The imaging lens assembly 11 within the camera body 10 is designed to meet two criteria. On the one hand, the imaging lens assembly 11 must transfer the real image 26 formed by the camera lens assembly 23 to the front faces of the electronic shutters 14 and 15. It may be understood here that the shutters 14 and 15 can take the form of channel plate image intensifier devices so that an image formed on the front face of each shutter 14 or 15 as shown in the drawing is transferred (and amplified), when the intensifier is pulsed (i.e. the shutter is opened) to a phosphor screen immediately in front of the image sensor 12 or 13.
In addition to focusing an image of the object on to the shutters 14 and 15, the imaging lens assembly 11 is designed to transfer an image of the exit pupil 27 of the camera lens assembly 23 to the right hand side of the imaging lens assembly 11 immediately adjacent the mirrors 16 and 17. As a result, the exit pupil for the imaging lens assembly 11 in combination with the camera lens assembly 23 is an aperture plane 28 immediately to the right of the imaging lens assembly 11. This is true for the particular focal length of camera lens assembly 23 for which the imaging lens assembly is optimized.
Ideally, the point of intersection 29 between the reflecting surfaces 16 and 17 is located in this aperture plane 28, whereupon light from the object being imaged can be split by the two mirrors 16 and 17 to form two images 20 and 21 with no substantial shading or intensity variation across the images (assuming mirrors 16 and 17 are large enough). This is because, in the plane of an exit pupil, i.e. the aperture plane 28, the cones of light from every point on an object being imaged just completely fill the exit pupil. Therefore, if the light from only a part of the exit pupil is deflected to form an image, that image is evenly illuminated. By comparison, if reflecting surfaces 16 and 17 are employed at a position substantially spaced from the exit pupil, the amount of light being reflected by each reflecting surface will be different for different points on the image. This produces an intensity variation across the image reflected by the surface, and in extreme cases will completely shade parts of the image.
In practice with the arrangement illustrated in FIG. 1, good performance can be obtained for camera lens assemblies of a range of different focal lengths. With the camera lens focal length for which the imaging lens assembly 11 has been particularly optimized, the full aperture value of the camera lens may be utilised since the exit pupil is transferred by the lens assembly 11 to contain the apex of the beam splitting reflecting surfaces 16 and 17. With camera lens assemblies of non ideal focal length, it is necessary to reduce the aperture at the aperture plane 28 to avoid some intensity variation in the reflected images. An adjustable iris 29 is provided at the aperture plane 28 for this purpose.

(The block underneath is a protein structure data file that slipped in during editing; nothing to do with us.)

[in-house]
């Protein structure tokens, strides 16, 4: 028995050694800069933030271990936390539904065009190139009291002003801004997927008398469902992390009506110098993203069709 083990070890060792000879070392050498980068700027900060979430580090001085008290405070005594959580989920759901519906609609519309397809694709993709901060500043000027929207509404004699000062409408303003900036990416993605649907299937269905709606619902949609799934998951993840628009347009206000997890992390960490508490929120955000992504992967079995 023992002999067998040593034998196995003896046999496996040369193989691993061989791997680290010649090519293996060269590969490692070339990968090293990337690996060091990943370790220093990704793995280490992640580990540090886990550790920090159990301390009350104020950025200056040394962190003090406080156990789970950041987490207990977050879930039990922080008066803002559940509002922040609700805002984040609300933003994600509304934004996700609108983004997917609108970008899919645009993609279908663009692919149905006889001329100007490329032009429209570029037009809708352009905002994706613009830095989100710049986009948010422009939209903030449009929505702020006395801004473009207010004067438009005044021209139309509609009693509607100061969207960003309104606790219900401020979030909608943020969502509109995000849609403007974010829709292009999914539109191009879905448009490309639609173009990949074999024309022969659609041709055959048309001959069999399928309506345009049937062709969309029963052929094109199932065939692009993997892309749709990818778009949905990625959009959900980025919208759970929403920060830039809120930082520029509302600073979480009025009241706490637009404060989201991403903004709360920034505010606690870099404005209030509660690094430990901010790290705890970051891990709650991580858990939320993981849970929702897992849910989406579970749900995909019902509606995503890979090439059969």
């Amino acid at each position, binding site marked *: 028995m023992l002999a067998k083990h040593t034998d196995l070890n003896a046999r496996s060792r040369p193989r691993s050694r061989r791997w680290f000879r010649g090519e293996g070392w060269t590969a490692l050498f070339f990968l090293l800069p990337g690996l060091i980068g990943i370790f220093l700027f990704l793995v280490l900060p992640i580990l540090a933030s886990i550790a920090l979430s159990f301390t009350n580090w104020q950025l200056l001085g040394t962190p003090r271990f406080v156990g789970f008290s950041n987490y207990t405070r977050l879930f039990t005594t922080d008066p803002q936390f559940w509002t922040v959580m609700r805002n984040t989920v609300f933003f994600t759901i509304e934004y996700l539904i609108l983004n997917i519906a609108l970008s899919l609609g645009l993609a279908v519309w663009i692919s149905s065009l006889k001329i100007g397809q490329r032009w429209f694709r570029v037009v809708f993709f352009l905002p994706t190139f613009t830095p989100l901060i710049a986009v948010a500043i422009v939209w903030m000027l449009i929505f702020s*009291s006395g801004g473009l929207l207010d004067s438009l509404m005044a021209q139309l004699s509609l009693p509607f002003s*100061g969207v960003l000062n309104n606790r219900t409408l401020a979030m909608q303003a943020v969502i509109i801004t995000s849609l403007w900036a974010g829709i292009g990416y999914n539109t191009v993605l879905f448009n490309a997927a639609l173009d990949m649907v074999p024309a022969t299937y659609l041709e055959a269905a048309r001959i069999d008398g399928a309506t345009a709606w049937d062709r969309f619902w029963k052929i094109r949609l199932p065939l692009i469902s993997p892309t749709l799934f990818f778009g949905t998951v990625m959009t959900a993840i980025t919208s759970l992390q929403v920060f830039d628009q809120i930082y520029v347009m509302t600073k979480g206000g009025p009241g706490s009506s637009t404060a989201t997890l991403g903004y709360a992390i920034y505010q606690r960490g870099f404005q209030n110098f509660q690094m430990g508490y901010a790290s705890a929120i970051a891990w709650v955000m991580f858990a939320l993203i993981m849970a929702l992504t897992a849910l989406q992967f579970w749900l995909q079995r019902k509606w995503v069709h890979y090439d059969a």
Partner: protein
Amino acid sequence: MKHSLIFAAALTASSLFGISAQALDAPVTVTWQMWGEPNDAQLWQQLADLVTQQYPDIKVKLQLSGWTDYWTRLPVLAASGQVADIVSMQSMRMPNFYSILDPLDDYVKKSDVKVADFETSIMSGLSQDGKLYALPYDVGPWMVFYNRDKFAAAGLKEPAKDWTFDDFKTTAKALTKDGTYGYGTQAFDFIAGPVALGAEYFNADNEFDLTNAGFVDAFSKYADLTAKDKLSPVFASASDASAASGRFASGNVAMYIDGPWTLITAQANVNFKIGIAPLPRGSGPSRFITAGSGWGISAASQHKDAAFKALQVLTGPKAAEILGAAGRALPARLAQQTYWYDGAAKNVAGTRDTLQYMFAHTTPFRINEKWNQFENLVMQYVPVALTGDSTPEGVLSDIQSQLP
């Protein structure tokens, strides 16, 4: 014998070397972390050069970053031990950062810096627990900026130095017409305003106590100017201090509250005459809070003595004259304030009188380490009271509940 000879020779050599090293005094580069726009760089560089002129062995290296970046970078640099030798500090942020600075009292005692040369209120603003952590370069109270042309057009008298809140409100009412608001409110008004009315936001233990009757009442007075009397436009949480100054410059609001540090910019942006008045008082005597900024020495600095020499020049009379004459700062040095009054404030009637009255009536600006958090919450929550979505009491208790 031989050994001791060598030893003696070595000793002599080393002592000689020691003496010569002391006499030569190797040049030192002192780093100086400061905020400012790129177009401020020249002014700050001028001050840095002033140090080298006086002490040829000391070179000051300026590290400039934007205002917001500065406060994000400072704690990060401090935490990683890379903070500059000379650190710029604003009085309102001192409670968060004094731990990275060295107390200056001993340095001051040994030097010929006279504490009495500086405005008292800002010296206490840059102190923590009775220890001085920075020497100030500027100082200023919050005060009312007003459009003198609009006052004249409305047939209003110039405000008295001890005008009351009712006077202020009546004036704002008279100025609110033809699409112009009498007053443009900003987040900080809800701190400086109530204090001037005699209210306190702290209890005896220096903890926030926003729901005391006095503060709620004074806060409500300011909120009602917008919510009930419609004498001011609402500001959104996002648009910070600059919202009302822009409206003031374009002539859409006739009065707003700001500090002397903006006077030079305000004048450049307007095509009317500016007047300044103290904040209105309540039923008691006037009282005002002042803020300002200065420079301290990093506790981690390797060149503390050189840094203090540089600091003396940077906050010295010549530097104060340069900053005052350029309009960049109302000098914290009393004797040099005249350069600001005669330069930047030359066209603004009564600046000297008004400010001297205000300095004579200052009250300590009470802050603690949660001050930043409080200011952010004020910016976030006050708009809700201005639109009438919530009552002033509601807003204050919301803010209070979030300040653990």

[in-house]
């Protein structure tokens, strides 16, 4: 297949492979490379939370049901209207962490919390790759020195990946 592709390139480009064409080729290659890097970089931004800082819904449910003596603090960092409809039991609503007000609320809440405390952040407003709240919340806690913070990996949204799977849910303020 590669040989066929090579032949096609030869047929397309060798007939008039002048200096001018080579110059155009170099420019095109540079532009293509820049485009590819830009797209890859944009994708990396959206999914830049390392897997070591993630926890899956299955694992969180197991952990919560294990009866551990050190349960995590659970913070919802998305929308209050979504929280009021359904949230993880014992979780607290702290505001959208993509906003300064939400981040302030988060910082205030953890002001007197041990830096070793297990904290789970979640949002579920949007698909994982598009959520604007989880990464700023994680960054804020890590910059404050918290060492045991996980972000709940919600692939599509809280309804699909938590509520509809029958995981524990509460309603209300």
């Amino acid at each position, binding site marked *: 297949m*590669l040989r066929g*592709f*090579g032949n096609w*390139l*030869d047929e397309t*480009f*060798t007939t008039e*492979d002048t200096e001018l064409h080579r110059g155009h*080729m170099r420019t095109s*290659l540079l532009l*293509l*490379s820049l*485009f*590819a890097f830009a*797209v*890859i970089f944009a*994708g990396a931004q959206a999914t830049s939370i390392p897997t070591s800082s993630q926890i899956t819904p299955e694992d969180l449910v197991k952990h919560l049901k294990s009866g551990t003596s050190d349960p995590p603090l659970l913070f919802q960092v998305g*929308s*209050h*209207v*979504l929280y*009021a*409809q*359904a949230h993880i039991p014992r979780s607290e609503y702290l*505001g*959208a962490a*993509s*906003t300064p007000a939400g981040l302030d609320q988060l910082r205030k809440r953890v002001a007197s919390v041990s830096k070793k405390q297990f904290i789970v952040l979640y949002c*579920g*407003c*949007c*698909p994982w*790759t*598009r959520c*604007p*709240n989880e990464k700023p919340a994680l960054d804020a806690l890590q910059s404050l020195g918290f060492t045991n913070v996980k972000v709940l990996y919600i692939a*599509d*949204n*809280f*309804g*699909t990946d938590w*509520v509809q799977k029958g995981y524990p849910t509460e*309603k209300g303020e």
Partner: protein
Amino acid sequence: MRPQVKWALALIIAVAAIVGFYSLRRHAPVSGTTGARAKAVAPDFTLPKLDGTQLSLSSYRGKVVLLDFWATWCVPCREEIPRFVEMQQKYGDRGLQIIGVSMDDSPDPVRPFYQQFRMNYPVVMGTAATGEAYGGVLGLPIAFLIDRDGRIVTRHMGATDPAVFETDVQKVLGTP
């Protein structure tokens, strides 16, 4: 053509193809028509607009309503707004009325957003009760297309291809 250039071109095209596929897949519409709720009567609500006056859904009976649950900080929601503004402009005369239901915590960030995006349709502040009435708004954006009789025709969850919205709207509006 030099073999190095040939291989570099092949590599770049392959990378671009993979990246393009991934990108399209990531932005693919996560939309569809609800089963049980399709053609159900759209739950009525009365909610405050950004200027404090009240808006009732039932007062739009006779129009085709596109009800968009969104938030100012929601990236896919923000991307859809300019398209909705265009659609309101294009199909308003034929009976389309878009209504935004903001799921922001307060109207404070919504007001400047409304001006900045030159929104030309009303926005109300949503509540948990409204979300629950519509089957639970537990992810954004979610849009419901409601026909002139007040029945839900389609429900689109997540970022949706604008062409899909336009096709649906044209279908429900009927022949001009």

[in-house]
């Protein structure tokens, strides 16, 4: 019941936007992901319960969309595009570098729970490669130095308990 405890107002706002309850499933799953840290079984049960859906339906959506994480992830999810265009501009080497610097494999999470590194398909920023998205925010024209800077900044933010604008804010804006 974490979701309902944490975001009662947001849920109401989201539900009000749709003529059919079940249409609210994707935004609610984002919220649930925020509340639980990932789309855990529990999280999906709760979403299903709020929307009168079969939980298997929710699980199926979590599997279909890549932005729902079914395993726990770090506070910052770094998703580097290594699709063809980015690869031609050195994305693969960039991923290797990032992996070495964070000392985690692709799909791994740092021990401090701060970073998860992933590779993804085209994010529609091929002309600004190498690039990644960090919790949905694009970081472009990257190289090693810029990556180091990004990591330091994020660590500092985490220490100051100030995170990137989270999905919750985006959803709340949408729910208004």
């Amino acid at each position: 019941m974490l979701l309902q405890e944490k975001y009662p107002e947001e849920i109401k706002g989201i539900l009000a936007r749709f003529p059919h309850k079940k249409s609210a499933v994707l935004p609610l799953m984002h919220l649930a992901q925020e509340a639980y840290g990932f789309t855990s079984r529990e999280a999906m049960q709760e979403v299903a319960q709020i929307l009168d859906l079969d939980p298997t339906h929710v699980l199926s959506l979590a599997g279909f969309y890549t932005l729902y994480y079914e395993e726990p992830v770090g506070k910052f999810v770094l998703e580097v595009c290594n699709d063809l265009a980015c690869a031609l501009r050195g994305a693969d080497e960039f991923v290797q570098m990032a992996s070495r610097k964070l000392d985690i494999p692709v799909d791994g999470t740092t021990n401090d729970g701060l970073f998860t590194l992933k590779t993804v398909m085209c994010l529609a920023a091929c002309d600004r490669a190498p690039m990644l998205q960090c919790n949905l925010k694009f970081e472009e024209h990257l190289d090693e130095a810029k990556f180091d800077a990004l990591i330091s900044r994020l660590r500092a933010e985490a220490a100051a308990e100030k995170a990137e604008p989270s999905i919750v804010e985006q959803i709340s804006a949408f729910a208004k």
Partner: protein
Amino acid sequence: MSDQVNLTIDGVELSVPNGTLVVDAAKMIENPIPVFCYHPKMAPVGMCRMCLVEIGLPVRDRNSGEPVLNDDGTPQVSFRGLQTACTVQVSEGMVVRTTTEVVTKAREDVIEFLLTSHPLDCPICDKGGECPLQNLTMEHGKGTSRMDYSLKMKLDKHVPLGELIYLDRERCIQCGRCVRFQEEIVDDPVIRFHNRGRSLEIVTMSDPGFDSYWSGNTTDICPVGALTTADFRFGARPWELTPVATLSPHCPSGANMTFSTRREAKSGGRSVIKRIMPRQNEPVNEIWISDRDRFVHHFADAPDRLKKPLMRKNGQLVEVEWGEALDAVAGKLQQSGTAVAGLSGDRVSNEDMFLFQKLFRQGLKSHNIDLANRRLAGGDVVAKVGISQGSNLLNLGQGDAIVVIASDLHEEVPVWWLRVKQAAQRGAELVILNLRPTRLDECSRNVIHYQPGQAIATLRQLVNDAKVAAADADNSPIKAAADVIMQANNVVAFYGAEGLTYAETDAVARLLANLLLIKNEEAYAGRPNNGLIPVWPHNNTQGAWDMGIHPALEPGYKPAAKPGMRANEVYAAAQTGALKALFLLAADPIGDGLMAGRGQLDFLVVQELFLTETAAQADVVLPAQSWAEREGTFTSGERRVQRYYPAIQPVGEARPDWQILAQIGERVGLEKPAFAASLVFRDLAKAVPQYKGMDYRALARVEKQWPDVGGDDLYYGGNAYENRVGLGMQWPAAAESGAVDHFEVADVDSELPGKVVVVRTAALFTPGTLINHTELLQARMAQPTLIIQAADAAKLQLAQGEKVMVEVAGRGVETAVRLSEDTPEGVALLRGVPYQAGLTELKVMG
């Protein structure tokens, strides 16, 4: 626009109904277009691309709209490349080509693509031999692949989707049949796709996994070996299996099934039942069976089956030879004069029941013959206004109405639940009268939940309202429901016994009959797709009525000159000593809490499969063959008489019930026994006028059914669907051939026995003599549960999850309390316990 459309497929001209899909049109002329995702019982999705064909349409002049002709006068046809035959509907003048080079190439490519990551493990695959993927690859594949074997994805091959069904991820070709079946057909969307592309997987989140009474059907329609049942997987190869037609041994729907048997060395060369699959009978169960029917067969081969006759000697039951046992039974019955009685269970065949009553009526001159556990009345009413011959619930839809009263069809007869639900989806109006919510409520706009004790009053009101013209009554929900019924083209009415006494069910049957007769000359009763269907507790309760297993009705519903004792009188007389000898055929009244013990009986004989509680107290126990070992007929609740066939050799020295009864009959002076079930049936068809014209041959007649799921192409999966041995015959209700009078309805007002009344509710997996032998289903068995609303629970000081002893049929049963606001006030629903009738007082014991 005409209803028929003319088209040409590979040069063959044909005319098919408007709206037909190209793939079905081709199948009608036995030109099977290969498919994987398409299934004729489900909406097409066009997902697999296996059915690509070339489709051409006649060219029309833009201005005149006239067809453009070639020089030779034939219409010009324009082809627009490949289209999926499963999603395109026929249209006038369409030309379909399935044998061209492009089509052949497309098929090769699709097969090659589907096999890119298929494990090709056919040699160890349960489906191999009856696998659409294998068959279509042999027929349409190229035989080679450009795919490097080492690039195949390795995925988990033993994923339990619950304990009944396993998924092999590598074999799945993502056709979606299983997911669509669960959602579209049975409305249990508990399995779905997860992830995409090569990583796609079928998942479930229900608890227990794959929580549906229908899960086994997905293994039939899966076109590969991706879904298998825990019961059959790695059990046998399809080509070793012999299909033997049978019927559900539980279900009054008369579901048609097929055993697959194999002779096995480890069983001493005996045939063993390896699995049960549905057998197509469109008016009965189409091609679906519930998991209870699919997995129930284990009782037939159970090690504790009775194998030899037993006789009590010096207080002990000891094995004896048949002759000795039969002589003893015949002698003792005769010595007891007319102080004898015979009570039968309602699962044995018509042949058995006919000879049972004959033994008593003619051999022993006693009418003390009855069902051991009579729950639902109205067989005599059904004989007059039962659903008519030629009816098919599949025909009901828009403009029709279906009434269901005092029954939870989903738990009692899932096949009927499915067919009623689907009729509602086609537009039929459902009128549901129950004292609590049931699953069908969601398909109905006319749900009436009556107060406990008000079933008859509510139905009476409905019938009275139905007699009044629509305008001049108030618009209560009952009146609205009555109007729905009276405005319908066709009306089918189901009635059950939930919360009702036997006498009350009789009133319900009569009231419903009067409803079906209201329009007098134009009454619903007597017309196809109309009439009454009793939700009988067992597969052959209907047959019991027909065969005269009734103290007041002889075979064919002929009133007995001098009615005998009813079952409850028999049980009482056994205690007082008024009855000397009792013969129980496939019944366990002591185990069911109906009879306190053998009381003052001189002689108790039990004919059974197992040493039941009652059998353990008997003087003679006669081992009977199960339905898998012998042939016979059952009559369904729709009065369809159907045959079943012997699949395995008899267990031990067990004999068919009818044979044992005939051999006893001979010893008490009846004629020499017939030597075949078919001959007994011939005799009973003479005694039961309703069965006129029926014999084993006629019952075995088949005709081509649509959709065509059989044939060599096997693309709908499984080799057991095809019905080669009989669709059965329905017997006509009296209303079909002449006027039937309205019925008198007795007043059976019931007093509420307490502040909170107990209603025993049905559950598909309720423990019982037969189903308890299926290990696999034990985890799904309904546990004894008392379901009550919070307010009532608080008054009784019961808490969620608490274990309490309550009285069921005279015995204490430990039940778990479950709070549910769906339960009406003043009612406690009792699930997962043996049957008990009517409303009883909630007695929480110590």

Referring now to FIG. 2, a practical optical design is illustrated for the imaging lens assembly 11 together with the reflecting surfaces providing the beam splitting function. The real image of an object formed by the camera lens assembly (not shown in FIG. 2) is illustrated on the left of the Figure in the image plane 30. The imaging lens assembly comprises a total of nine lens elements located along the optical axis 31 between the image plane 30 and an aperture plane 34 immediately to the right of the right hand lens. A pyramid mirror is located on the optical axis with its apex in the aperture plane. The pyramid mirror has, in the present example, eight plane facets reflecting eight images of the object on to the faces 33 of eight image intensifier devices (not shown) for respective image sensor devices. In each case the respective image is reflected via an intermediate mirror 34. The distribution of the image intensifier and image sensor devices in relation to the pyramid mirror can be seen in FIG. 3 which is a view along the optical axis towards the apex of the pyramid mirror 32.
In FIG. 2 five cones of rays are shown emanating from the real image in the image plane 30. Each of these cones just fills the aperture plane 34 and the centre ray of each cone intercepts the apex of the pyramid mirror 32. The lens assembly illustrated in FIG. 2, is designed so that these cones of rays when projected to the left all symmetrically fill the exit pupil of the camera lens assembly for which the imaging lens assembly has been optimised. This is illustrated in FIG. 4 where the image plane 30 is shown at the right hand side and the cones of rays are shown symmetrically filling an exit pupil located 300 mm to the left of the image plane, implying that the imaging lens assembly is optimized for a camera lens assembly having an effective focal length of 300 mm.